Indiana Rail Road, rail industry groups, sue Illinois over mandatory crew size law

Law supporters claim that Federal government has yet to regulate crew size, so state law may apply
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Indiana
CHICAGO, Ill. — The Indiana Rail Road is taking the debate over laws requiring minimum crew sizes for freight trains to federal court in Illinois.

According to a lawsuit filed in U.S. District Court for the Northern District of Illinois Eastern Division, Indiana Rail Road, along with railroad industry advocacy groups the Association of American Railroads and the American Short Line and Regional Rail Road Association, are seeking judgement against the Illinois Commerce Commission over the state’s new “Crew Size Law.” According the lawsuit, the railroad and the two groups are asking the court to prevent the ICC from enforcing Illinois’ Crew Size Law and declare that the law is invalid and unenforceable.

The lawsuit was filed in federal court on Sept. 30. According to the filing, the Crew Size Law will take effect in Illinois on Jan. 1, 2020. A statement from the Brotherhood of Locomotive Engineers and Trainmen says the law was signed by Illinois Gov. J.B. Pritzker on Aug. 2 and provides that “no rail carrier shall operate a train or light engine used in connection with the movement of freight unless it has an operating crew consisting of at least two individuals. (The law) provides that the minimum freight train crew size shall remain in effect until a federal law or rule encompassing the subject matter has been adopted.”

The BLET lobbied for the passage of the law and praised officials who helped see it through the legislative process. The plaintiffs in the lawsuit, however, claim that the Crew Size Law “defies federal authority over railroads” and is “preempted by the Federal Railroad Safety Act” which sets no standard for minimum train crew size. The Illinois law “is void and unenforceable under its own terms,” the lawsuit claims.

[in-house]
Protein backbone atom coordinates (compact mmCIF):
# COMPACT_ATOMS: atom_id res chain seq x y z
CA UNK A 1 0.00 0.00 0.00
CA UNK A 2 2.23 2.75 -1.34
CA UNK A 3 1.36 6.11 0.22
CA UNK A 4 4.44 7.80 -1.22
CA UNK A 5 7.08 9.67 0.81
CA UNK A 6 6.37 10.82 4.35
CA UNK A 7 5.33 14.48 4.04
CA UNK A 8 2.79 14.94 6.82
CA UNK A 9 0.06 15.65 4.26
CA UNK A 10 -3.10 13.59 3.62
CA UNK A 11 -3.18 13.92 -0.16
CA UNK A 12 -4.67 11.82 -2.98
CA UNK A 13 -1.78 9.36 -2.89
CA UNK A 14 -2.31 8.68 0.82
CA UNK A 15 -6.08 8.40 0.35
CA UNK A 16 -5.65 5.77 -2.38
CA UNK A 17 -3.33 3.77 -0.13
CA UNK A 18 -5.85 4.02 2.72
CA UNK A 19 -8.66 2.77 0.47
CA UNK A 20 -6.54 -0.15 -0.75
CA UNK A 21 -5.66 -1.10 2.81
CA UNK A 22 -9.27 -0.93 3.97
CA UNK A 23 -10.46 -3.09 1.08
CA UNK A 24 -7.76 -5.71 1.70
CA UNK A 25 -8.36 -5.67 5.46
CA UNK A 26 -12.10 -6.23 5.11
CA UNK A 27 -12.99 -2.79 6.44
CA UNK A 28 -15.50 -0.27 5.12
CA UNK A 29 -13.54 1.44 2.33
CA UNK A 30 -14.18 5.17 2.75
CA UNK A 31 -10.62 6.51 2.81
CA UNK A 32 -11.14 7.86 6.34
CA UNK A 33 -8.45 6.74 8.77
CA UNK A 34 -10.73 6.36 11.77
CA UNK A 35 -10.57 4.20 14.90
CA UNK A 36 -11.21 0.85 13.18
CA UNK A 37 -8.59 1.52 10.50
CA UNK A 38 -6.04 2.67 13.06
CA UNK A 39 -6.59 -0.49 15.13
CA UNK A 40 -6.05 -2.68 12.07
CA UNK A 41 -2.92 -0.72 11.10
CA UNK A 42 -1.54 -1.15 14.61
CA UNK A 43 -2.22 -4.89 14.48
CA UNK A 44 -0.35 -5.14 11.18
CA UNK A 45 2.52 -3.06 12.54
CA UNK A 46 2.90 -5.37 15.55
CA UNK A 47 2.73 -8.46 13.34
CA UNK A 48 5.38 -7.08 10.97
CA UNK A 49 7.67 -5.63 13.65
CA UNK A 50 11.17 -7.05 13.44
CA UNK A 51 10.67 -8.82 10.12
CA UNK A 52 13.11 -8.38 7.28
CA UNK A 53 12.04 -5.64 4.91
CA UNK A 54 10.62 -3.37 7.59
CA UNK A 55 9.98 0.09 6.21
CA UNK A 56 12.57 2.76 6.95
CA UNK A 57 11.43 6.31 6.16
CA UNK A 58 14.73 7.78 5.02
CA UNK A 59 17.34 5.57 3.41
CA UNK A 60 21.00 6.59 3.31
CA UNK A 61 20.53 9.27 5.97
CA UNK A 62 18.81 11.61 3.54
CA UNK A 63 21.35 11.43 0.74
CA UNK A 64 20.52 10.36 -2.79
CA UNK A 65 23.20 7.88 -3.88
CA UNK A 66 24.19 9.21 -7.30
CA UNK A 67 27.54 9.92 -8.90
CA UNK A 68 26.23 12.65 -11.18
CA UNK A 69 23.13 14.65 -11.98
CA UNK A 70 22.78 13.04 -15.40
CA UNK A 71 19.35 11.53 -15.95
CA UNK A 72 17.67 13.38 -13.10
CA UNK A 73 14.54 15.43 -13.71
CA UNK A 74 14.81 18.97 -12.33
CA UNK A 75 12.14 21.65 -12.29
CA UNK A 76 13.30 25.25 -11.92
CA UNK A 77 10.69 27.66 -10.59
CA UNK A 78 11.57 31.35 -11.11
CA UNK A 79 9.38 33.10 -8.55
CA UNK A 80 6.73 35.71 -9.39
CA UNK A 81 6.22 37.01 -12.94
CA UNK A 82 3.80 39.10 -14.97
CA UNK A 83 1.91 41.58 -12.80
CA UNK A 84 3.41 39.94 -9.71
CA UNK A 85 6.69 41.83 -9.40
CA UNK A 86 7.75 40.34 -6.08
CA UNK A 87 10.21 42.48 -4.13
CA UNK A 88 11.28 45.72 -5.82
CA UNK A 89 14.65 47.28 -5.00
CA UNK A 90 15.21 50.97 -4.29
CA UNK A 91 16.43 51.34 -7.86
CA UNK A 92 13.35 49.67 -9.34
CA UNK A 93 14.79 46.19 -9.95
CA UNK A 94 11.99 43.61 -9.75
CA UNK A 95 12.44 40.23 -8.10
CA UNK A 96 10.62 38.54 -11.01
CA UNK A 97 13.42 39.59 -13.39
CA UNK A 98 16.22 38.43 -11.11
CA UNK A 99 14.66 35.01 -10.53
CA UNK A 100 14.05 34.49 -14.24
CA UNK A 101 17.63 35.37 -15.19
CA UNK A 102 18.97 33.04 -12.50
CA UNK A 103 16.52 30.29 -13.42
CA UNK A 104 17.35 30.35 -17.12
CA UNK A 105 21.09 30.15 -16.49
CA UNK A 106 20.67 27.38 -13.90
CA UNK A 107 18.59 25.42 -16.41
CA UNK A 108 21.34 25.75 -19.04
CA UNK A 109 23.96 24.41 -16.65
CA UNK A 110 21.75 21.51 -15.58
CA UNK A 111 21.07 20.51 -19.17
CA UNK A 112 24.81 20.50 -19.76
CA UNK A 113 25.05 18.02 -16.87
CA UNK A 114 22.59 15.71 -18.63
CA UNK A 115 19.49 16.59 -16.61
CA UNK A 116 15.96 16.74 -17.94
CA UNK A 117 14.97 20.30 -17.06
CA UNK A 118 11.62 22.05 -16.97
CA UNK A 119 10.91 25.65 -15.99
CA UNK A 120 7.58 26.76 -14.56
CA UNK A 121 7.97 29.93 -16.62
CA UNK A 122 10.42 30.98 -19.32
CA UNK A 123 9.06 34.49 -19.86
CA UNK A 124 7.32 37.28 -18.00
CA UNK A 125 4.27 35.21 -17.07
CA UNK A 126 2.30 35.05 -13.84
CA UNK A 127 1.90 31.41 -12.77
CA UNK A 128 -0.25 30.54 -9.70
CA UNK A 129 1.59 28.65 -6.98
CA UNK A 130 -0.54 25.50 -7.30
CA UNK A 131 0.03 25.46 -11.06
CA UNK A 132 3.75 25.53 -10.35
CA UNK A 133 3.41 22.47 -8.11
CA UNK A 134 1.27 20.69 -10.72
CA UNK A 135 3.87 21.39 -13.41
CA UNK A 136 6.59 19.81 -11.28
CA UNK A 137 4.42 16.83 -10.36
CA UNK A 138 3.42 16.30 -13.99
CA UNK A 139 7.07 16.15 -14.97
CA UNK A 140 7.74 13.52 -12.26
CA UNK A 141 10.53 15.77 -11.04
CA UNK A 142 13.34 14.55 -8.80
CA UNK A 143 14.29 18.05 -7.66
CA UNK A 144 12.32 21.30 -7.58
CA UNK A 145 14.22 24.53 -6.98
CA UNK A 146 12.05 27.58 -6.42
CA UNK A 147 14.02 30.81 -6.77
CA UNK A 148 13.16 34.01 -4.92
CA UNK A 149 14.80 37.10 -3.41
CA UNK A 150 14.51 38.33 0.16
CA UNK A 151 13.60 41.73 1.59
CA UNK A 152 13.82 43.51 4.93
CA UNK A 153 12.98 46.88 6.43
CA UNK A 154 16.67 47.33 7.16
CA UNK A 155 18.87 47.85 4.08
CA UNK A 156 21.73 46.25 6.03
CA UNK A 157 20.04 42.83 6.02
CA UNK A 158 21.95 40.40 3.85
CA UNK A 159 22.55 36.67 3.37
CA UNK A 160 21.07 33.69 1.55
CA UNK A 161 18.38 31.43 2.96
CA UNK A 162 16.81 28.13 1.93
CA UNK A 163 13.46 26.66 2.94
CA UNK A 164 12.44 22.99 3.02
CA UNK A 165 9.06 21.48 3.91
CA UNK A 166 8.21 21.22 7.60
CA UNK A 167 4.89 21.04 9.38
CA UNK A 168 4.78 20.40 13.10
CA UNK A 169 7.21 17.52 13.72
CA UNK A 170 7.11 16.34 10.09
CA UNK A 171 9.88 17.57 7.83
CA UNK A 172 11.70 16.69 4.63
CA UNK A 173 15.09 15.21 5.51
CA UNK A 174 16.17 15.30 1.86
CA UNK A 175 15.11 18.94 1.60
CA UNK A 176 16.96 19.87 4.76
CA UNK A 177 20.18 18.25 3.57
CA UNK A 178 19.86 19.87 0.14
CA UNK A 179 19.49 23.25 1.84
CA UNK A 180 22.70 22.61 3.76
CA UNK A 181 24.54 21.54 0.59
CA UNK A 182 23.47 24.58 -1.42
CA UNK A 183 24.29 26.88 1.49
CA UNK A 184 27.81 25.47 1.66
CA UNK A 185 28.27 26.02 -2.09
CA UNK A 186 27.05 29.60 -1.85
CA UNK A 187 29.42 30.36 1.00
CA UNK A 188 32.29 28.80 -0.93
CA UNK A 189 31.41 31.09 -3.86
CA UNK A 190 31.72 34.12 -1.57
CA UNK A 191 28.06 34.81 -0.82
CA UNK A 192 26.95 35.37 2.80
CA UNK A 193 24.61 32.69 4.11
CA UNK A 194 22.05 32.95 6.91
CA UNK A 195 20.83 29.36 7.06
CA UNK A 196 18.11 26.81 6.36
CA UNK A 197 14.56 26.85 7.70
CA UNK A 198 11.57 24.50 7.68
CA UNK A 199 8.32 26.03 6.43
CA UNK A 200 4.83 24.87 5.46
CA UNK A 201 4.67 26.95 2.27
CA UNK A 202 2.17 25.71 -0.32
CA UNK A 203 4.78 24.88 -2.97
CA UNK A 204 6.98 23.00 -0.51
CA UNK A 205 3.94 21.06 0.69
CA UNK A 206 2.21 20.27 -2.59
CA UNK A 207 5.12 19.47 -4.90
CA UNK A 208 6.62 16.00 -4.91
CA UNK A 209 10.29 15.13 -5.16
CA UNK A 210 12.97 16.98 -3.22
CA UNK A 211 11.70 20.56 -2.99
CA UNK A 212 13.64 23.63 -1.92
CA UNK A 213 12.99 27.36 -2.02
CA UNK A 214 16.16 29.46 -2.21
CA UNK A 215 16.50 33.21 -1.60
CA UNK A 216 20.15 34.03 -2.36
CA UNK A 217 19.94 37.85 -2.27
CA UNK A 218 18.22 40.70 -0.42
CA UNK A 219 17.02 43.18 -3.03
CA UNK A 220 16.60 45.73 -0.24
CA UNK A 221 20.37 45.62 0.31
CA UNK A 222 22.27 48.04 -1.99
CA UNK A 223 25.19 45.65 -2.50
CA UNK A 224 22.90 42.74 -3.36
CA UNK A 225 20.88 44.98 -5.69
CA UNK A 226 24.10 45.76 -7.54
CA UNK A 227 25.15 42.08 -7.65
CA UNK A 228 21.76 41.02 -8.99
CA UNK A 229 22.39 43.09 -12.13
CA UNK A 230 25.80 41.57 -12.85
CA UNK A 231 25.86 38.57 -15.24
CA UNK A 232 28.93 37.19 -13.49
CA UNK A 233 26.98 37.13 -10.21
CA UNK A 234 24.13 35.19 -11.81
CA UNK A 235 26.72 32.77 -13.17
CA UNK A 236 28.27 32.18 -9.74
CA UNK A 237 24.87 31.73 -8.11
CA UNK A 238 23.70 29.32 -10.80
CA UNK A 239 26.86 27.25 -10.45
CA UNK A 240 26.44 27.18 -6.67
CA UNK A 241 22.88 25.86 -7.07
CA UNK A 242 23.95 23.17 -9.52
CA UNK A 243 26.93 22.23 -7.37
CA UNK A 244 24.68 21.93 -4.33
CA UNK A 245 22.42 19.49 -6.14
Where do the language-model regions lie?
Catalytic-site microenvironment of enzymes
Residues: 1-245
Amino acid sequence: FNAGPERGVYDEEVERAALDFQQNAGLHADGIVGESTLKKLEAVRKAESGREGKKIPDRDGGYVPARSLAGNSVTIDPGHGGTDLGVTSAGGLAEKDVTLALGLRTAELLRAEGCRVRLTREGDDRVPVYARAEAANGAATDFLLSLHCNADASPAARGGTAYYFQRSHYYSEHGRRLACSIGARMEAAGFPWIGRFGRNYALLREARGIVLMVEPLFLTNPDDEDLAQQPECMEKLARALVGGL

Minimum crew size has been under debate over the past several years. As summarized in a report by business analysis publication Crain’s Chicago Business, the issue has been hot-button since the 2013 Lac-Mégantic, Quebec, derailment and explosion that killed 47 people in Canada. Despite the Federal Railroad Administration scotcing a proposal earlier this year which, among other issues, would have addressed crew size, Illinois, along with Colorado and Nevada, passed crew size laws. The lawsuit claims that minimum crew size has been determined for decades by collective bargaining and not by the passage of laws at the federal or state level.

The success of the Indiana Rail Road lawsuit against the Illinois Commerce Commission could have far-reaching effect and its outcome could be cited in further potential litigation over the crew size issue. The lawsuit also says the result could impact the success of the nation’s railroads, which could reduce labor costs by reducing crew size. Failure of the court to overrule the crew size law would come at significant cost to railroads and could stifle innovation amongst rail carriers, the lawsuit says.

The lawsuit also claims that railroads are safer now than ever before, even while some carriers, including Indiana Rail Road, have been using single-person crews. The lawsuit states several times that the FRA has not found any conclusive evidence that single-person crews are less safe than crews of two or more people, nor has the agency found reason to mandate crews of two of more people.

Indiana Rail Road has been operating one-person crews for two decades “where it makes operational sense,” according to the lawsuit, and “INRD’s experience and data confirm that one-person crews are just as safe as multiple-person crews.”

The lawsuit also cites drastic safety improvements over the past two decades, including a 36-percent reduction in accident rates since 2000 and a 48-percent reduction in rail employee injuries since 2000.

“Recent years have been the safest in rail history,” the lawsuit says.

According to the lawsuit, INRD and the two groups seek a declaration that the Illinois Crew Size Law is in violation of, and is pre-empted by the Federal Railroad Safety Act and is unenforceable. The plaintiffs also seek a permanent injunction prohibiting the ICC from enforcing the law against INRD, the two groups or the groups’ members, which include all of the nation’s Class I railroads and a myriad of Class II and Class III railroads.

According to federal filings, the Illinois Commerce Commission has not yet filed a response to the lawsuit.
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